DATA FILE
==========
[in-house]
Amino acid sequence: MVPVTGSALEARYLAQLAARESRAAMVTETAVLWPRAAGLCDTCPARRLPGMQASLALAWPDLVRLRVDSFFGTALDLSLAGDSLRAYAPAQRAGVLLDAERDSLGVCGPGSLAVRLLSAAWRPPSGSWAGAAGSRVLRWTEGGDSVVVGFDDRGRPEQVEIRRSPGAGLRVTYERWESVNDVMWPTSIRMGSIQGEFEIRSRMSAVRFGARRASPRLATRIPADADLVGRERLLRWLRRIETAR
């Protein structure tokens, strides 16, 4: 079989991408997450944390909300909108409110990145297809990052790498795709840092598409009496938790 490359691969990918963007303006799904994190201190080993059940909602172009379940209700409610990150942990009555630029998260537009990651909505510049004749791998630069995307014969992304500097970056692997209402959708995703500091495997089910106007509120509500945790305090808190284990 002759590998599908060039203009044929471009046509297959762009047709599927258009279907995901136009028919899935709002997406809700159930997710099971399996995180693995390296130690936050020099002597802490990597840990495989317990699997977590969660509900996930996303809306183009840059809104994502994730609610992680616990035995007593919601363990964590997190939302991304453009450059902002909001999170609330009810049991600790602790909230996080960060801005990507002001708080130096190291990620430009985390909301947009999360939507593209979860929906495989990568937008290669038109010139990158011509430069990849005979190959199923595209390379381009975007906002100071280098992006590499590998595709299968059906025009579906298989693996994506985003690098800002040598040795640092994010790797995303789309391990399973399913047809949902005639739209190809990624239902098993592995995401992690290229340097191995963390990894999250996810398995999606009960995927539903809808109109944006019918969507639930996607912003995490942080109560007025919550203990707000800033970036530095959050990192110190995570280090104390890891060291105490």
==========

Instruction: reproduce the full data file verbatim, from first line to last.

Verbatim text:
[in-house]
Amino acid sequence: MVPVTGSALEARYLAQLAARESRAAMVTETAVLWPRAAGLCDTCPARRLPGMQASLALAWPDLVRLRVDSFFGTALDLSLAGDSLRAYAPAQRAGVLLDAERDSLGVCGPGSLAVRLLSAAWRPPSGSWAGAAGSRVLRWTEGGDSVVVGFDDRGRPEQVEIRRSPGAGLRVTYERWESVNDVMWPTSIRMGSIQGEFEIRSRMSAVRFGARRASPRLATRIPADADLVGRERLLRWLRRIETAR
């Protein structure tokens, strides 16, 4: 079989991408997450944390909300909108409110990145297809990052790498795709840092598409009496938790 490359691969990918963007303006799904994190201190080993059940909602172009379940209700409610990150942990009555630029998260537009990651909505510049004749791998630069995307014969992304500097970056692997209402959708995703500091495997089910106007509120509500945790305090808190284990 002759590998599908060039203009044929471009046509297959762009047709599927258009279907995901136009028919899935709002997406809700159930997710099971399996995180693995390296130690936050020099002597802490990597840990495989317990699997977590969660509900996930996303809306183009840059809104994502994730609610992680616990035995007593919601363990964590997190939302991304453009450059902002909001999170609330009810049991600790602790909230996080960060801005990507002001708080130096190291990620430009985390909301947009999360939507593209979860929906495989990568937008290669038109010139990158011509430069990849005979190959199923595209390379381009975007906002100071280098992006590499590998595709299968059906025009579906298989693996994506985003690098800002040598040795640092994010790797995303789309391990399973399913047809949902005639739209190809990624239902098993592995995401992690290229340097191995963390990894999250996810398995999606009960995927539903809808109109944006019918969507639930996607912003995490942080109560007025919550203990707000800033970036530095959050990192110190995570280090104390890891060291105490």